In much of Canada and the US, people are either competing for "late date" observations of hardy species such as Autumn Meadowhawk (Sympetrum vicinum), or whiling away the cold, dark, dragonfly-less days of winter perusing photos and field guides. The onset of wintry weather can also make people wonder just how dragonflies and damselflies, which are largely tropical in their origins, manage to survive in cold climates.
Insects have evolved many methods to deal with the cold. Some take refuge in numbers, such as honeybees that cluster together in hives, vibrating their wings and eating stored honey; others hibernate as adults, like Mourning Cloak (Nymphalis antiopa) butterflies and lady beetles. But adult dragonflies can't survive a cold winter--so what's an odonate to do when things get frosty? In some species, adults avoid cold weather by flying south. The Wandering Glider (Pantala flavescens), for example, for all its wide distribution, is essentially a tropical species that cannot survive winters above about the 40th parallel, e.g., the Nebraska/Kansas border. This species breeds in temporary pools where the nymphs develop quickly to avoid habitat drying, and the adults that emerge move on to new sites.
In others, adults die with the onset of winter but the species persists as cold-tolerant eggs or nymphs. A combination of changes in day length (photoperiod) and temperature triggers an arrest in development, and the insect enters a resting stage called diapause. Egg-stage diapause occurs in some Aeshna (darners), Lestes (pond spreadwings), and Sympetrum (meadowhawks), but nymph-stage diapause is more commonly seen among temperate zone dragonflies. Some nymphs can survive temperatures as low as -5C (23F), but their tissues don't freeze solid due to a variety of freeze tolerance mechanisms, which may include finding warmer microhabitats and/or adjusting the levels of certain alcohols or sugars in their blood to lower their freezing point.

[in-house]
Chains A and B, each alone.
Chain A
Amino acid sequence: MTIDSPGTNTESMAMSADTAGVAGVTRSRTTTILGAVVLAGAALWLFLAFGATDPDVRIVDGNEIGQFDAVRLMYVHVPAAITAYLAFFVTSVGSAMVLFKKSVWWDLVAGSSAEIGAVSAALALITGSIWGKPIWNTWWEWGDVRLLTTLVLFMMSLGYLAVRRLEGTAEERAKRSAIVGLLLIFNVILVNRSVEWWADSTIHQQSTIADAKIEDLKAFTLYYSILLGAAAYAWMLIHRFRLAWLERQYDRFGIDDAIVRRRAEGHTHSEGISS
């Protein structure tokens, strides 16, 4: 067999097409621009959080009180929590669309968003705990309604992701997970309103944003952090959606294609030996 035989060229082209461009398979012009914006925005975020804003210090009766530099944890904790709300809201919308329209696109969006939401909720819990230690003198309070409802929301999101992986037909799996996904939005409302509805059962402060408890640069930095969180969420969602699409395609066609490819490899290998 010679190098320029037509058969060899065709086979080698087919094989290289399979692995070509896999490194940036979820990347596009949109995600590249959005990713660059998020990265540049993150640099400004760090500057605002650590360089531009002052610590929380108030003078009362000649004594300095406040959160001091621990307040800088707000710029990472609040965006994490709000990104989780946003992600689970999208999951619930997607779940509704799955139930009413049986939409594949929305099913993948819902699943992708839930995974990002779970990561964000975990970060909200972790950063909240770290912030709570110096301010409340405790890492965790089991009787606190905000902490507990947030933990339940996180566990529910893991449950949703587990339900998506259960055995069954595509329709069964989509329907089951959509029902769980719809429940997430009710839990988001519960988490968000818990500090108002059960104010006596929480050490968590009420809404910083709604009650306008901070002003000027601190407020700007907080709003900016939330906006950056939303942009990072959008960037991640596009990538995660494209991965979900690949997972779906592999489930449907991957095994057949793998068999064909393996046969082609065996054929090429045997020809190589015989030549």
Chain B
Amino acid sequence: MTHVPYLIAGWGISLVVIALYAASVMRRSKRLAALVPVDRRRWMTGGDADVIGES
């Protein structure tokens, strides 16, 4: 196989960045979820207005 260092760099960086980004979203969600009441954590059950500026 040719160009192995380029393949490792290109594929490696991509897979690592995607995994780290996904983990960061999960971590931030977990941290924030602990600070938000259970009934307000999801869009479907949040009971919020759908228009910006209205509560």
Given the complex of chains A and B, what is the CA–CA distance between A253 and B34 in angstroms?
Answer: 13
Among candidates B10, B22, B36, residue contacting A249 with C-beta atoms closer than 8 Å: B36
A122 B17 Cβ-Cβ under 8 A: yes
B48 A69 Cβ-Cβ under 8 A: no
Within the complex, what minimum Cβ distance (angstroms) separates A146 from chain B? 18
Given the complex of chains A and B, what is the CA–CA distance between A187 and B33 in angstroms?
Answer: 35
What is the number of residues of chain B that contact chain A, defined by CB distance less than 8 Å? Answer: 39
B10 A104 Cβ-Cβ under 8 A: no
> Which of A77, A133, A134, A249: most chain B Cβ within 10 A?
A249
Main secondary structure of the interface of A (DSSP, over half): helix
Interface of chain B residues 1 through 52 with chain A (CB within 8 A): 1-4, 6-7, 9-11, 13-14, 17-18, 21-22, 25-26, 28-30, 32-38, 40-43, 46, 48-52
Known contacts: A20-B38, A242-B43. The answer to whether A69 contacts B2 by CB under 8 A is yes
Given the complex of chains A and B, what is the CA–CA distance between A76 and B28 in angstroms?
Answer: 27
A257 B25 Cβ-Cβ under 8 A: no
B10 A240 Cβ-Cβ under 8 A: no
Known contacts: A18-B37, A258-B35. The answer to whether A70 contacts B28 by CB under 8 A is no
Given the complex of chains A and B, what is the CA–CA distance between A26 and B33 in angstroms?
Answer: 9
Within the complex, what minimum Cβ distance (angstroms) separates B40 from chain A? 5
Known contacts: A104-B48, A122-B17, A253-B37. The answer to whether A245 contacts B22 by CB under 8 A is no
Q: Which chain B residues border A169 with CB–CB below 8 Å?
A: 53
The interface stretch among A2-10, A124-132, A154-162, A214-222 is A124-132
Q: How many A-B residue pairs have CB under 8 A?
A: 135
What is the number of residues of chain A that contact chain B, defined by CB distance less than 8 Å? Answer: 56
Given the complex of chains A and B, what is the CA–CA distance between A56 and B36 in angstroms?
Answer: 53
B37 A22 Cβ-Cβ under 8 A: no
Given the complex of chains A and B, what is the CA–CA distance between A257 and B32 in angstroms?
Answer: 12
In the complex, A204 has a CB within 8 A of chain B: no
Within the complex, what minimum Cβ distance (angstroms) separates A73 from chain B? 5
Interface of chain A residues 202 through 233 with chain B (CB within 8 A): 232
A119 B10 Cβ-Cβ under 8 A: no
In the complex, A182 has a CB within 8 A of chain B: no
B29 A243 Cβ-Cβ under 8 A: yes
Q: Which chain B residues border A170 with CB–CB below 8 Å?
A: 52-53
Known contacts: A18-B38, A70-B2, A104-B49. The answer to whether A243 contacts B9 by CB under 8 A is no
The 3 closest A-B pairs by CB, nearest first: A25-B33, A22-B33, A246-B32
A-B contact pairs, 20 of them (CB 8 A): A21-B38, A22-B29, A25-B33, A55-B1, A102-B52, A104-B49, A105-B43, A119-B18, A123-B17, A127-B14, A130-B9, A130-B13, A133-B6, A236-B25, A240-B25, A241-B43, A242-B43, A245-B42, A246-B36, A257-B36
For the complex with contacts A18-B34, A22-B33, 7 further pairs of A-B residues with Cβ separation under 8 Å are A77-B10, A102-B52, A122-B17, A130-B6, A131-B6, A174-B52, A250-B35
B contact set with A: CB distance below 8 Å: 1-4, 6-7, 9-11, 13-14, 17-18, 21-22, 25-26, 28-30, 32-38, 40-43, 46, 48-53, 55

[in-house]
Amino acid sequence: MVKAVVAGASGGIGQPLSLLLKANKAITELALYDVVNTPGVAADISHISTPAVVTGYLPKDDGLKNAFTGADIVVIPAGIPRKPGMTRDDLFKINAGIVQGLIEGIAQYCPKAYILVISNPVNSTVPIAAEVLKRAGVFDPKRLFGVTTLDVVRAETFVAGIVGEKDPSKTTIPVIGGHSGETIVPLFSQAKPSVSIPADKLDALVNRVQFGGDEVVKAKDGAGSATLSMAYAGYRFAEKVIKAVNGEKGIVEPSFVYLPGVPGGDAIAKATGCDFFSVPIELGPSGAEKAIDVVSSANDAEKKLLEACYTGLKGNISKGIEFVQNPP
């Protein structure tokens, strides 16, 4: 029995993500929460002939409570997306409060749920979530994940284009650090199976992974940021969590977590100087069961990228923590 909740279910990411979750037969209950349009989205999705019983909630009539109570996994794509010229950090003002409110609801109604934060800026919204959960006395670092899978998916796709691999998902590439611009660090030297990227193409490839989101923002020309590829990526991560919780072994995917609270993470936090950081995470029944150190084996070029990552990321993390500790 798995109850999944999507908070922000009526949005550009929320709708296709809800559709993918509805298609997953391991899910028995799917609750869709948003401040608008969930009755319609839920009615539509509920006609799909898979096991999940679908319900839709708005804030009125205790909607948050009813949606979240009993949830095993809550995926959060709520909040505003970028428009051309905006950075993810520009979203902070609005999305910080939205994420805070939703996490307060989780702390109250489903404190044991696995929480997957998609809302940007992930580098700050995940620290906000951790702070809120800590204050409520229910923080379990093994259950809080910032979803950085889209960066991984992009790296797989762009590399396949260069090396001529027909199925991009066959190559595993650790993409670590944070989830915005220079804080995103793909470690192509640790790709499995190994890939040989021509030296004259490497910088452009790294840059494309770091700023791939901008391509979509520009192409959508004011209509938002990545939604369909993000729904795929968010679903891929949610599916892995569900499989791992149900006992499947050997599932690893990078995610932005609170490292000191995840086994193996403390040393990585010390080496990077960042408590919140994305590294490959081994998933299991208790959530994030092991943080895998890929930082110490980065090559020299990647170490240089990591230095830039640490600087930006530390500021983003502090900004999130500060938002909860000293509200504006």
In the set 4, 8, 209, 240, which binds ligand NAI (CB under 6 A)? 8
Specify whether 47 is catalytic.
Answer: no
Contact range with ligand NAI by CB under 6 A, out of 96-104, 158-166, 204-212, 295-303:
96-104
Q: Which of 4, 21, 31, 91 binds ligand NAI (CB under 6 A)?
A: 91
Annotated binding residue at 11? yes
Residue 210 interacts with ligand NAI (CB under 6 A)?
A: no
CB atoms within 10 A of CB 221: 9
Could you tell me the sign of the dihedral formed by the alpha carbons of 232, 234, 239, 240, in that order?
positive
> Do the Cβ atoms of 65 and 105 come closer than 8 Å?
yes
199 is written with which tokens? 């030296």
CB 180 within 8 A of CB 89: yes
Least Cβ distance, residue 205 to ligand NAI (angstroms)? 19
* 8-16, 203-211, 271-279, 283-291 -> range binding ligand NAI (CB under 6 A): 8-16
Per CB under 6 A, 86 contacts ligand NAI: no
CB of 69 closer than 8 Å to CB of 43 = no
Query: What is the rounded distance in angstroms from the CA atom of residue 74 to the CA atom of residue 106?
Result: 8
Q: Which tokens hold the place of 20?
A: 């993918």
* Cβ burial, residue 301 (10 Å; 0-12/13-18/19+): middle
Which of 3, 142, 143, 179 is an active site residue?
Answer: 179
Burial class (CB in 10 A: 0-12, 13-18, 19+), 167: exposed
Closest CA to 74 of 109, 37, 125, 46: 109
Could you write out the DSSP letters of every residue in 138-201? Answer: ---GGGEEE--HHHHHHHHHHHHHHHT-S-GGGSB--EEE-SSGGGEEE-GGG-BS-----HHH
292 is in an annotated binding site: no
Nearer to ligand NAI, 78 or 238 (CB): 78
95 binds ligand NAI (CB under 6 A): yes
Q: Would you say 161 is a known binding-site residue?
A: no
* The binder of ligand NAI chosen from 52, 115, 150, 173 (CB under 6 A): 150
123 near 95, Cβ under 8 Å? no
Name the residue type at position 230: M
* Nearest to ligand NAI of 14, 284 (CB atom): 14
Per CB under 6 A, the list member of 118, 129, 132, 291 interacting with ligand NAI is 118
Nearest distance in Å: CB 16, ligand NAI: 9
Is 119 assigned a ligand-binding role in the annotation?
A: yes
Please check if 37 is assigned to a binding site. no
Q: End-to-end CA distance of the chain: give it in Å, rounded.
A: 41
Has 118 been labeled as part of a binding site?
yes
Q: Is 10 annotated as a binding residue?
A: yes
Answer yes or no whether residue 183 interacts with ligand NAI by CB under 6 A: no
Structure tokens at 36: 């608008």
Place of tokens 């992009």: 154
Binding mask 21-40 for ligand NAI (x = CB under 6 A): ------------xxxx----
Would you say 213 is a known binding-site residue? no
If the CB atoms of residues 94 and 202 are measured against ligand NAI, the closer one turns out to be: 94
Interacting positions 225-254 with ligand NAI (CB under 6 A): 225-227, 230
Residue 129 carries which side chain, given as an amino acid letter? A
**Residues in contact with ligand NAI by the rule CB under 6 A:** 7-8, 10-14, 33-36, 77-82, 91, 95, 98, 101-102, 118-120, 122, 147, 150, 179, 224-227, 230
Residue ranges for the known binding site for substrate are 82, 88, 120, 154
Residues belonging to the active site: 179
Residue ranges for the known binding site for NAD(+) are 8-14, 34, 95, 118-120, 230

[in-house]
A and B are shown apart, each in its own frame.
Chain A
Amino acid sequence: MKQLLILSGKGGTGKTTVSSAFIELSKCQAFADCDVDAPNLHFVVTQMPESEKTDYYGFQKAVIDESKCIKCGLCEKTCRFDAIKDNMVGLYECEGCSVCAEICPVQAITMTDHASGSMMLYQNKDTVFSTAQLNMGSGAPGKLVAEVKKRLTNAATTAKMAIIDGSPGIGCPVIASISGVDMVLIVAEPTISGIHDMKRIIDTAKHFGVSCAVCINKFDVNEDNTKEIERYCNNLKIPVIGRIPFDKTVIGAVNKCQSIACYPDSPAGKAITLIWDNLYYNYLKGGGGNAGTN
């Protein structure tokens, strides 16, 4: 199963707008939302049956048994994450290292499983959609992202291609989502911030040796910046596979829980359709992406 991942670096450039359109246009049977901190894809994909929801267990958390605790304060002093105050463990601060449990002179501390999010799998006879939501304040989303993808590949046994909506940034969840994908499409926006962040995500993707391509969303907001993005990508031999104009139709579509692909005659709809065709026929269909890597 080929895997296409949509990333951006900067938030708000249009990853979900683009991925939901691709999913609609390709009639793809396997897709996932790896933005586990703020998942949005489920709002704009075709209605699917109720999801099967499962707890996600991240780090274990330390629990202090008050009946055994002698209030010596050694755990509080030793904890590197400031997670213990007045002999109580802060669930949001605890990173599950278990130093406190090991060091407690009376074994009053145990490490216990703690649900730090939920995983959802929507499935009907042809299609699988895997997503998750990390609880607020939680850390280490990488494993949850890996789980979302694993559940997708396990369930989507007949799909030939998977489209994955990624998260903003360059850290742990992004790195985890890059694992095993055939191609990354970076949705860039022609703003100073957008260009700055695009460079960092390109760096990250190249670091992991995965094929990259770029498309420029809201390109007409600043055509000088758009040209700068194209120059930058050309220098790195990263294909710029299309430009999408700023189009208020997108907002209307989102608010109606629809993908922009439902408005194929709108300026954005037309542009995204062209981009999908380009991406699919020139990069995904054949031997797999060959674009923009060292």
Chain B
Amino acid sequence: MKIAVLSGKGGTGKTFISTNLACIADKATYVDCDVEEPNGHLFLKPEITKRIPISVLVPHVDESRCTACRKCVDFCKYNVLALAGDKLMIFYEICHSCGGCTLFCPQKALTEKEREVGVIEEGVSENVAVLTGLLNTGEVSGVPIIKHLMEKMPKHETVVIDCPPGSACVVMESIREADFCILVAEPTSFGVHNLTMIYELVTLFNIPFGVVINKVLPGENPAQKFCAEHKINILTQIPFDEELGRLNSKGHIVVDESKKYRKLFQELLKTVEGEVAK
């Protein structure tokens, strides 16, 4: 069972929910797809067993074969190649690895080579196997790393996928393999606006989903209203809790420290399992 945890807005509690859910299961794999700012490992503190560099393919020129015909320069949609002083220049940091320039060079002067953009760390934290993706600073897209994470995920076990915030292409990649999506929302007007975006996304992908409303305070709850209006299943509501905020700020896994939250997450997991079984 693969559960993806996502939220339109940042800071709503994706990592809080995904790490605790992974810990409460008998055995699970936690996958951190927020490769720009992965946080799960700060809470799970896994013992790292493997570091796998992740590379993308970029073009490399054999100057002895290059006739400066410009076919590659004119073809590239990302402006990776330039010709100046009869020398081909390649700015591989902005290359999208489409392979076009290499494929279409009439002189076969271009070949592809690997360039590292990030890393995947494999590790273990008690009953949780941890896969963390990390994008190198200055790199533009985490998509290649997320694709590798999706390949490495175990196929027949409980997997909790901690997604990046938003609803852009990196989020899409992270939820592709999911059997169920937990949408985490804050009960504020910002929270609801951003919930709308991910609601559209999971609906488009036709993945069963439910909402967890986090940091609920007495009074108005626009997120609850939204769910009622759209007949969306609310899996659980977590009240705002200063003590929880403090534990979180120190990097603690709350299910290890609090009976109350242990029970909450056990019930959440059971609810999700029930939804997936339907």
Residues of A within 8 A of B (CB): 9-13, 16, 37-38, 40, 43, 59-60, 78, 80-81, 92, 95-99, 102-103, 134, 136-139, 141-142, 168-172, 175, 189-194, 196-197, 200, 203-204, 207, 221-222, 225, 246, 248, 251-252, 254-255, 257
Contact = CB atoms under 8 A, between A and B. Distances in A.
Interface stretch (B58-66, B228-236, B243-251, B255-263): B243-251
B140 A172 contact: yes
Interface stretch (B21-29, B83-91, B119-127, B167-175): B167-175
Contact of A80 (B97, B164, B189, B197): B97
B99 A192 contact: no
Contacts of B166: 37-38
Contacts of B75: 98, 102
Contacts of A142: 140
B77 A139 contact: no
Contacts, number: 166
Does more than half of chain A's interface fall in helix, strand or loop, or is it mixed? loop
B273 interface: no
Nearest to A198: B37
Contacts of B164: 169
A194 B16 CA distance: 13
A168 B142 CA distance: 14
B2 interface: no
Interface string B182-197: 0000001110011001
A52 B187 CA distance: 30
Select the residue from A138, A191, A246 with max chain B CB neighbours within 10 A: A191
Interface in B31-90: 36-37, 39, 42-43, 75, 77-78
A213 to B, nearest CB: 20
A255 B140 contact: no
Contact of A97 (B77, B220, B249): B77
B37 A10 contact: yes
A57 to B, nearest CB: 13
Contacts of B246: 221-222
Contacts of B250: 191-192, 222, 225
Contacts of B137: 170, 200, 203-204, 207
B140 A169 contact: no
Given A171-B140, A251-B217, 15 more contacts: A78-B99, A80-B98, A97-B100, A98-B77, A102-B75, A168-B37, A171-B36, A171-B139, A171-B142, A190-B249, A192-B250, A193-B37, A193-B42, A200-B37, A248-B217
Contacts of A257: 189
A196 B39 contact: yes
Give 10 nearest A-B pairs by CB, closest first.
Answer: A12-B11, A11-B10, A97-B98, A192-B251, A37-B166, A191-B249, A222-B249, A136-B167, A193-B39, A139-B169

Some species use a combination of strategies to ensure dispersal and survival under adverse or changing conditions. The Common Green Darner (Anax junius), our best-known migrant in North America, exhibits both adult migration and nymphal diapause. Many of you saw large numbers of these beautiful dragons zooming southwards in fall, fleeing the shortening days and colder nights of their natal wetlands for warmer southern waters, where the eggs they lay develop rapidly into the adults that return to the north in the spring. But Common Green Darners can also remain in northern habitats as nymphs, surviving the winter in diapause and resuming development after the waters have warmed the following spring, emerging as adults weeks after their migrant cousins have returned and laid eggs.
Scientists studying this phenomenon in the late 1960's thought it unlikely that Common Green Darner nymphs could overwinter as far north as Montreal (45.5N), but by the early 2000s, nymphs were known to overwinter successfully at this latitude, suggesting potential effects of global climate change. Impacts on odonate phenology, distribution, and community structure due to climate change have already been noted, and forecasts of the effects of rising temperatures include shorter generation times and northward range expansions, which may ultimately affect the timing and occurrence of migration. However, the details of seasonal regulation in odonates have only been studied for a few species, making data reported through projects such as Migration Monitoring and Pond Watch even more important for our understanding of these complex and beautiful insects.